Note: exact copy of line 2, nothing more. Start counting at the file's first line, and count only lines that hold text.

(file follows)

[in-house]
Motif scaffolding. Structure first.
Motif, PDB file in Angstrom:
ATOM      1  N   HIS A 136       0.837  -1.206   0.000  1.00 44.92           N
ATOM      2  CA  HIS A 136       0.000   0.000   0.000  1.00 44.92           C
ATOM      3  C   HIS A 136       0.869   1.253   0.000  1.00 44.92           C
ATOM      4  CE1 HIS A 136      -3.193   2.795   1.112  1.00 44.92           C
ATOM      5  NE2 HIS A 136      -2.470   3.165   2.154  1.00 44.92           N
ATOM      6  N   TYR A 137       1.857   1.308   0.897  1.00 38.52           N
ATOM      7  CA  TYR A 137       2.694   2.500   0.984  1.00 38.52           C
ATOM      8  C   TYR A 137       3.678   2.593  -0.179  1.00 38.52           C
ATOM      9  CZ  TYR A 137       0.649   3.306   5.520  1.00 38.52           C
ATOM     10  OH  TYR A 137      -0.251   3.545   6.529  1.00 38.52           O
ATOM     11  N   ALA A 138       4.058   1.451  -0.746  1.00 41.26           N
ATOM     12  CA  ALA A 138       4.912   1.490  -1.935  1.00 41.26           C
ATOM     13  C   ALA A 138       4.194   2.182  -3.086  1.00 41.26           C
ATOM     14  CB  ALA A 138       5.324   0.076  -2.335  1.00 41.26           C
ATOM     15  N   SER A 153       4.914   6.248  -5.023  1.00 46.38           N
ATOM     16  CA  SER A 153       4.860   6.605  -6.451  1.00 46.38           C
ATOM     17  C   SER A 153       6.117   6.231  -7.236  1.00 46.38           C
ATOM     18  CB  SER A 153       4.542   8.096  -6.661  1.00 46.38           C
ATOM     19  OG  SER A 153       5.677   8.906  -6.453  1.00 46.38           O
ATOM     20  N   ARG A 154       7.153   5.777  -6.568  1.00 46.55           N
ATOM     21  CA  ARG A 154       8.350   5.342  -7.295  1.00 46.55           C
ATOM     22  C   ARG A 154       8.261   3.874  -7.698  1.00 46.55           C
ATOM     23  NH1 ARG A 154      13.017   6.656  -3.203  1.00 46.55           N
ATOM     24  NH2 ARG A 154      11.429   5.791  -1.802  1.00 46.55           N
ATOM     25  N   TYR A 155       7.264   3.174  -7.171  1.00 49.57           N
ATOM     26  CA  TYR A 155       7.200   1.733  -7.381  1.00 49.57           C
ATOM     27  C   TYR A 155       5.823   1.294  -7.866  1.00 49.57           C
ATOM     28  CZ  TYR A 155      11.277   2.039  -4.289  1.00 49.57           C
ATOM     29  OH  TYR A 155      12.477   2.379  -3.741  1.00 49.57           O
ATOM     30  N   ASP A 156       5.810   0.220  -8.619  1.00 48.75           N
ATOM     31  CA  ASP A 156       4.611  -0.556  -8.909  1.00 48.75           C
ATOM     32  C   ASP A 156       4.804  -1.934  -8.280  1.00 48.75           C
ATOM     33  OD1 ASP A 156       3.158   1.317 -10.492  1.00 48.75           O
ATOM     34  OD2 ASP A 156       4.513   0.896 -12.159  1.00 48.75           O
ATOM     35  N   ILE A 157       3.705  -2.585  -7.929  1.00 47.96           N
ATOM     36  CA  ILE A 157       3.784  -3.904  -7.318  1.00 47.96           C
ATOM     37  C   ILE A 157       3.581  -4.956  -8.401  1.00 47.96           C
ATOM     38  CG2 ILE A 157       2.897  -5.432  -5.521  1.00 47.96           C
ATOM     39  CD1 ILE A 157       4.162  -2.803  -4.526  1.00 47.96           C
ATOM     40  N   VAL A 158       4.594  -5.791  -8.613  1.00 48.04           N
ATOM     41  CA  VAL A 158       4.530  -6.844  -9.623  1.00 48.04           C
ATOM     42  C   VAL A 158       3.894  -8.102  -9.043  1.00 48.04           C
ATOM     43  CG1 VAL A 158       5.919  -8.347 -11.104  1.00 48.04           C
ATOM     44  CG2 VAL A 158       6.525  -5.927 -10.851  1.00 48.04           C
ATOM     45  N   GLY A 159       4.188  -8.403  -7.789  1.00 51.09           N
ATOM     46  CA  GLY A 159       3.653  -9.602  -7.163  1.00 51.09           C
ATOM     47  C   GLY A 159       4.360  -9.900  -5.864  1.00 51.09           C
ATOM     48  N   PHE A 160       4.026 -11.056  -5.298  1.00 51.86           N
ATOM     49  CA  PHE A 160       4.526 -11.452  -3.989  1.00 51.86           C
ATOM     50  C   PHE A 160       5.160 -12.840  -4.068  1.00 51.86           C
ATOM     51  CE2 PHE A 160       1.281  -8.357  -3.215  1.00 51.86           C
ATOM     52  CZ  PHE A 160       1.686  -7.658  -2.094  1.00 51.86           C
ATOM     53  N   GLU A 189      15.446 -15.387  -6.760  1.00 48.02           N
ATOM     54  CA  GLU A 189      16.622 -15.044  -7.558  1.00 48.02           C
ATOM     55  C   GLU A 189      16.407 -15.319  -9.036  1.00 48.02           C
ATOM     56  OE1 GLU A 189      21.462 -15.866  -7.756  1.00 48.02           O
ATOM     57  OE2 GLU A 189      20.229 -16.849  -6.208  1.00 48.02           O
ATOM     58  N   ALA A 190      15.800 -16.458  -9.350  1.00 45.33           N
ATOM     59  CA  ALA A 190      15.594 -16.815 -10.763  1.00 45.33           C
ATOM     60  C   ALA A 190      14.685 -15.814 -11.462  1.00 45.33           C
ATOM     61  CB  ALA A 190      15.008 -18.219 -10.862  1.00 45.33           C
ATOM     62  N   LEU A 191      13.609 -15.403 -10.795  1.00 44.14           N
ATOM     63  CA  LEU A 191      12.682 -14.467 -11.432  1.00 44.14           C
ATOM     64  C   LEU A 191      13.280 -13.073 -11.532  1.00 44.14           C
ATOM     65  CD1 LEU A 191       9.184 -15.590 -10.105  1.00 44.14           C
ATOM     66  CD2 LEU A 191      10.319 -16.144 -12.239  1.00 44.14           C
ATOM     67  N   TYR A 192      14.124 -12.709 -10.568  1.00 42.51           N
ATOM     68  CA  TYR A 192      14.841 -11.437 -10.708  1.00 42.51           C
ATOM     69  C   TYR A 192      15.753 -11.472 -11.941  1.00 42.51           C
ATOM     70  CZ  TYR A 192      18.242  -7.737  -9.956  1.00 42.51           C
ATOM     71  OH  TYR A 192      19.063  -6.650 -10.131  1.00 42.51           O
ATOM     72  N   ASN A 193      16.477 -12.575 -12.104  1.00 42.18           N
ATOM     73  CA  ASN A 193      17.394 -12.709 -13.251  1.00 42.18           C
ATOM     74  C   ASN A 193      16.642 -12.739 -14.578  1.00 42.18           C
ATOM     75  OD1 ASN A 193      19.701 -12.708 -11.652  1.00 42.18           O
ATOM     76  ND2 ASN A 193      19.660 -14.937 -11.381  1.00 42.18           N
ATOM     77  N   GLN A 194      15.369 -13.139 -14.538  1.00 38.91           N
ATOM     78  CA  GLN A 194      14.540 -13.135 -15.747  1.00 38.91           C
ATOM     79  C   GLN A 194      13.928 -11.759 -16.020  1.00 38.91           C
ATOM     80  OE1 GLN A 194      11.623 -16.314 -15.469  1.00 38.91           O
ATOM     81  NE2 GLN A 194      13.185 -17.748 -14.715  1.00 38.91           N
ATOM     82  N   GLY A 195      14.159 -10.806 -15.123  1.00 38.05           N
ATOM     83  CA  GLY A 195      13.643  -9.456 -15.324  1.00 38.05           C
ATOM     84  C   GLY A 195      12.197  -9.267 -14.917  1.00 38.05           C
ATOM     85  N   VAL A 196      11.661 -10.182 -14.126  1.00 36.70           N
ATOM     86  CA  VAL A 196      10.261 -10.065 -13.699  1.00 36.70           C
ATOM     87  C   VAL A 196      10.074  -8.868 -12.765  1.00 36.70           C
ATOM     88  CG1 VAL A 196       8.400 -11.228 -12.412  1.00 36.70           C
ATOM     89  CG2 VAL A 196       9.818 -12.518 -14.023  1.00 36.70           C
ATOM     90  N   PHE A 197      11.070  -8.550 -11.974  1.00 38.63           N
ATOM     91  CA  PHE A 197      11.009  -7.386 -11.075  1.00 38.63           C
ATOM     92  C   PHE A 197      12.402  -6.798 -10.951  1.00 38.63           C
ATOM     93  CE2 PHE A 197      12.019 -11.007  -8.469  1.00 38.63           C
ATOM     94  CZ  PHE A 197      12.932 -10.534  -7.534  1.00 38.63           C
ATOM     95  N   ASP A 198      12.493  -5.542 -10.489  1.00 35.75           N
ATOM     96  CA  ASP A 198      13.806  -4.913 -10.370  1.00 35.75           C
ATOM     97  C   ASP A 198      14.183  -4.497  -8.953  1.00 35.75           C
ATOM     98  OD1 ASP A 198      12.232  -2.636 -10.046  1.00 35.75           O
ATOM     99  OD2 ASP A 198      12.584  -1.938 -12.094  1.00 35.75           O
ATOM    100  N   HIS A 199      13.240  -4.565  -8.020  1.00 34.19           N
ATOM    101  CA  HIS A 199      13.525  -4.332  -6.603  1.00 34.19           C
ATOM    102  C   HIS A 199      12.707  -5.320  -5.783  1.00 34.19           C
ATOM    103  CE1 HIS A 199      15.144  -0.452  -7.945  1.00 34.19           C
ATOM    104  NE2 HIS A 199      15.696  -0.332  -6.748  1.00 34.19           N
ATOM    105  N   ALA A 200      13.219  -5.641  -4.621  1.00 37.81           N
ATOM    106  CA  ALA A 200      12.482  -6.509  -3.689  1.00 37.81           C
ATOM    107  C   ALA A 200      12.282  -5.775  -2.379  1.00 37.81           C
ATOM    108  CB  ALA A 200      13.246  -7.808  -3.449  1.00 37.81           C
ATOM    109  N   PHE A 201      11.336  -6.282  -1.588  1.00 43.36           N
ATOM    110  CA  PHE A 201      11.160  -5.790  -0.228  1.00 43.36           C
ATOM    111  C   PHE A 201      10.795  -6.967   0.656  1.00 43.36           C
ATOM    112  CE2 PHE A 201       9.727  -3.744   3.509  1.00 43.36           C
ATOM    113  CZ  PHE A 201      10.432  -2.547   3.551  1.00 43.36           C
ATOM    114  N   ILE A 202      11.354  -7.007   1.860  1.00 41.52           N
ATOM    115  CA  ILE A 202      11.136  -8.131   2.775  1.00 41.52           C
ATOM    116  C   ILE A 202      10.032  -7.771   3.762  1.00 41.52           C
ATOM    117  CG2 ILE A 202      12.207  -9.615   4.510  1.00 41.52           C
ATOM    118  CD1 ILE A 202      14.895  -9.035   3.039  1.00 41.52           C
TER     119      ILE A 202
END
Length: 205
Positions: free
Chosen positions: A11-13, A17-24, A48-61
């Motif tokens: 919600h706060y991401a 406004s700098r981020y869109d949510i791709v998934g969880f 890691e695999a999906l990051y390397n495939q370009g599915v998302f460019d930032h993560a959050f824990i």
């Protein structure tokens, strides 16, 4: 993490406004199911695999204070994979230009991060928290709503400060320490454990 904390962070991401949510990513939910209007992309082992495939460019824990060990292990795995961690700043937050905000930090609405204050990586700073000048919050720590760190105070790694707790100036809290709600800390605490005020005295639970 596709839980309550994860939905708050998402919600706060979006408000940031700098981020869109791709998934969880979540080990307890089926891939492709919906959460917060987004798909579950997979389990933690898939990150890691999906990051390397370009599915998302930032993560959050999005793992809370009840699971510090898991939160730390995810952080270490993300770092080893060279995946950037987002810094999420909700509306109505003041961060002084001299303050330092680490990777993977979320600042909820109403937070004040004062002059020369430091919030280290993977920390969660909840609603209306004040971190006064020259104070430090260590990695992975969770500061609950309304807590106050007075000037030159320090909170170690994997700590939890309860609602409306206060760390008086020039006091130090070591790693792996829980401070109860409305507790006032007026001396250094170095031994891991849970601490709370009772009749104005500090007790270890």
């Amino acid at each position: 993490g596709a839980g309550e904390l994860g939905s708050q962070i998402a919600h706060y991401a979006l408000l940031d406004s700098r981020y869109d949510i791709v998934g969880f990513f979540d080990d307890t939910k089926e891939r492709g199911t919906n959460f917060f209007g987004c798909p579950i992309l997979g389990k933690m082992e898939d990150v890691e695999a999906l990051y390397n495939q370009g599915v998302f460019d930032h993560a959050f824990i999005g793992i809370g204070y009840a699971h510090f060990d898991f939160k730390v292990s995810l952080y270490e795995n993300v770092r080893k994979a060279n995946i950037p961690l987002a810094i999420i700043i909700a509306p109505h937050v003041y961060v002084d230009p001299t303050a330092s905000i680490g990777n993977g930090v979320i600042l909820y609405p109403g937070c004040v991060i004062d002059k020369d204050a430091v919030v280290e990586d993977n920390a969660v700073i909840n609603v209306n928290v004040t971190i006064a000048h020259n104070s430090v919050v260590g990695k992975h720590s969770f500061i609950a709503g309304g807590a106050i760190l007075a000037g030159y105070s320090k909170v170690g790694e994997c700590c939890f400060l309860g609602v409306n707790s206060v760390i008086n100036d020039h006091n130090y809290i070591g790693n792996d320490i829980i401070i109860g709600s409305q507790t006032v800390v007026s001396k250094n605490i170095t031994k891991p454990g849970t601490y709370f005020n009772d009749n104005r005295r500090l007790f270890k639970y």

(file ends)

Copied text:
Motif scaffolding. Structure first.